• Like 1

  13. 6 hours ago, lindag said:

    I remember my Mom having a fondness for Pennsylvania Dutch scrapple though I've never eaten it.  Wouldn't Spam be quite similar to scrapple?

    The TV ads are running in this area as well.


    Nothing close.  Spam is ground ham and ham-adjacent stuff reshaped into a loaf.  Basically the salty cured meat analog to American cheese.  Scrapple is uncured porky bits (both offal and meat/skin kinda stuff), pork broth, and cornmeal made into a loaf. Only similarity is processing into a loaf shape.

    • Like 1
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  14. Thanks for the rigorous testing regime!  Hope Tasty addresses the issue.  I wonder at the oil discrepancies... have they been too smart by half and built in the overshoot to compensate for the temp drop when the stuff to be fried gets dumped into the oil.  I wonder if you'd get the right results were you to deep fry something... 

  15. Forgive the ignorance, but can a "coarse-grooved steel" actually do any damage to your knives?  Have you observed blatant misuse of the offending steel in such a way that damage to the blades is inevitable? If having this thing around your knives can actually degrade them, then hell yes, tell him to take it home and not bring it back.  Otherwise, your ceramic is harder than his steel... you can finish what he's started after he's done.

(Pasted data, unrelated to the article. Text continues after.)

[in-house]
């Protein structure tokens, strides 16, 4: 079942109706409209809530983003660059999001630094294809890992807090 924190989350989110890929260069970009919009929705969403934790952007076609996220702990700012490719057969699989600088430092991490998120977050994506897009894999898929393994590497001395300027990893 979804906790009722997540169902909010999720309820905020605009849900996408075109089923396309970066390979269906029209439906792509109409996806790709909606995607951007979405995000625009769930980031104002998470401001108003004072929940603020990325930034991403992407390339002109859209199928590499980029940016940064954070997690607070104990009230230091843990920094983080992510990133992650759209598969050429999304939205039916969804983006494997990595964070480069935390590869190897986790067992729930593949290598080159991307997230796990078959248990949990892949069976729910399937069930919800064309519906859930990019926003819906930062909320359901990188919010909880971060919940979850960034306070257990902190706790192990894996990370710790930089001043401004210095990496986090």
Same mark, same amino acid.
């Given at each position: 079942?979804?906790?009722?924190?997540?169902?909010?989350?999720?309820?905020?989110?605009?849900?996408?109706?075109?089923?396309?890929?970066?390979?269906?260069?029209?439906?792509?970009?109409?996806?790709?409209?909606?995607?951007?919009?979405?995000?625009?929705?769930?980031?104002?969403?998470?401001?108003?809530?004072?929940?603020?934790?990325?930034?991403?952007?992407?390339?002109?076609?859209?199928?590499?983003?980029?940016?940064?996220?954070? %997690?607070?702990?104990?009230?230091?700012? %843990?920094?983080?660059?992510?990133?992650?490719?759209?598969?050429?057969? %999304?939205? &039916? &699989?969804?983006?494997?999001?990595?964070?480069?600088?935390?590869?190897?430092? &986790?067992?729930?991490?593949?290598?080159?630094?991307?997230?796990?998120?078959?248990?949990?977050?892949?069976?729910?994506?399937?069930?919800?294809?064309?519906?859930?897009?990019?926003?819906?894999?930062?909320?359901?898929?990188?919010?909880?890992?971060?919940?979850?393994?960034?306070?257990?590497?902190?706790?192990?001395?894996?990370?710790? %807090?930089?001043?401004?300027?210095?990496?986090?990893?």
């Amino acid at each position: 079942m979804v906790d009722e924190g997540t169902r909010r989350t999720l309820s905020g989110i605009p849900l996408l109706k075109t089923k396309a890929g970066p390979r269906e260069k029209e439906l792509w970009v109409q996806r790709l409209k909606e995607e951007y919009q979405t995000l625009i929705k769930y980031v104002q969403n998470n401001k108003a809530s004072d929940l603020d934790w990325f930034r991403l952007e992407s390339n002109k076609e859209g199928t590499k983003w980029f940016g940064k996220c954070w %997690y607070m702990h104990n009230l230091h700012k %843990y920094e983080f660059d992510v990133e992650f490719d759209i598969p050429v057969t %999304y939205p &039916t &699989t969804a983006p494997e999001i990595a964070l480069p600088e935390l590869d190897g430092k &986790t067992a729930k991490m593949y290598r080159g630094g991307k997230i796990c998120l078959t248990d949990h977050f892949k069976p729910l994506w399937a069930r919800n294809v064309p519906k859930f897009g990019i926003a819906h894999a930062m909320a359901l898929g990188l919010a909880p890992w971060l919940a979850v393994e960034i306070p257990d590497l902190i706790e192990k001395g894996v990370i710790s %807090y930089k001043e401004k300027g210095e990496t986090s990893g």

• Like 1

  16. I concur that vacuum sealed freezer storage keeps this stuff lively.  I've had some in the freezer for at least 2 years and it still works.  I keep a working amount in a salt shaker, which gets vac sealed and frozen when not in use, and the remains of the bag are vac sealed in the freezer.  Just used it the other day and it is still fully functional.

    • Like 3

  17. Made the run all the way to Princeton to visit a booze-slingin' Trader Joe's, and came back with their annual Belgian-ish strong dark from Canada, the Belgian-ish blonde (also Canadian, I think) and the Belgian Petrus with Blueberry. 


    Today I tried the strong dark (I'll be damned if I can recall exactly how they label it... something to remind people that it only comes once a year... and I'm not going digging in my recycle bin to read the label in the dark by flashlight).  Very nice beer.  Unibroue did good this year.  Lots of dark fruit nuances, no obnoxious yeast overexpressions, and a bit of coriander hanging out in the background to nudge those dark fruit nuances into a citrus-y kind of experience.  Very tasty and an excellent deal.

    • Like 1

  18. With the deer overpopulation only increasing, anything that gets people eating them is only going to lessen the burden on the roadkill pickup crews.  They've got no predators other than cars nowadays.  Will have to see where the nearest Arbys is and pay them a visit.

    • Like 1